Regional Health Command Europe news release
SEMBACH KASERNE, Germany – Regional Health Command Europe officials are recommending that 6-12 month old children should be immunized with the measles, mumps and rubella vaccine, as a result of an ongoing measles outbreak in several European countries.
This dose is in addition to the two doses children normally receive, starting after their first birthday. The vaccine will now be a part of the routine 6-month-old visit with their pediatrician and is encouraged for all children aged 6-12 months — especially those in day care.
Measles is an extremely contagious virus, with essentially 100 percent of exposed susceptible individuals becoming infected. The virus can linger in the air of a room or transportation vehicle for up to two hours, according to Col. Rodney Coldren, the Chief of Epidemiology and Disease Surveillance for Public Health Command Europe.
“However, the MMR vaccine is a very safe and effective means to prevent this disease,” said Coldren. “The vast majority of Americans are already immunized against measles, having received at least two doses of the MMR vaccine in early childhood.”
The U.S. Centers for Disease Control and Prevention issued a travel alert for Belgium, Italy and Germany April 17, recommending that all travelers in that age group receive the vaccine. This dose does not replace either of the two doses required after 12 months of age for long-term immunity.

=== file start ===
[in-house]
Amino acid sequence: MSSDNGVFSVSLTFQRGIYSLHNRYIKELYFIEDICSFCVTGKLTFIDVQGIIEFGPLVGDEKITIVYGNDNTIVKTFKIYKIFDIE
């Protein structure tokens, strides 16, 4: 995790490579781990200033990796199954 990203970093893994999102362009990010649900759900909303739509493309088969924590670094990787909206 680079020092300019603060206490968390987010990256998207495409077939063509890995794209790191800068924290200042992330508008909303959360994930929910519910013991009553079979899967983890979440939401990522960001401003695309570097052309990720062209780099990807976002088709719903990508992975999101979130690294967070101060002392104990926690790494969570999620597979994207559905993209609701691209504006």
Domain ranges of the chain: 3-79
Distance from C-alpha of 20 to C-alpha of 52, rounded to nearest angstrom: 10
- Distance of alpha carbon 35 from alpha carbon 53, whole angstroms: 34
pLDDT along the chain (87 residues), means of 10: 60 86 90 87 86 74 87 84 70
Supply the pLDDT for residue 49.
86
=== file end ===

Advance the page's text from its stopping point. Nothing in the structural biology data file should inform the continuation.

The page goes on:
Adults and children not vaccinated for measles could be at risk for contracting the illness due to the outbreak. The most seriously affected countries are Italy and Romania. However, France, Germany, Poland, Switzerland, Ukraine are seeing a significant number of cases and Austria, Belgium, Bulgaria, Czech Republic, Iceland, Hungary, Portugal, Spain, and Sweden have experienced a few cases.
“Measles has been largely eliminated in the United States, with the exception of small, localized outbreaks, so the MMR vaccine isn’t normally administered until 12 months of age,” said Coldren. “However, this leaves infants 6-12 months old at risk in areas where the virus is present, because the immunity that was passed on to them from their mothers is generally not effective beyond six months.”
Measles can be a very serious — even fatal — illness and is especially severe in babies and elderly persons, according to Coldren.
For more information on protecting your infant with an early dose of measles vaccine, or assistance reviewing family members’ immunization status, please contact your Primary Care team.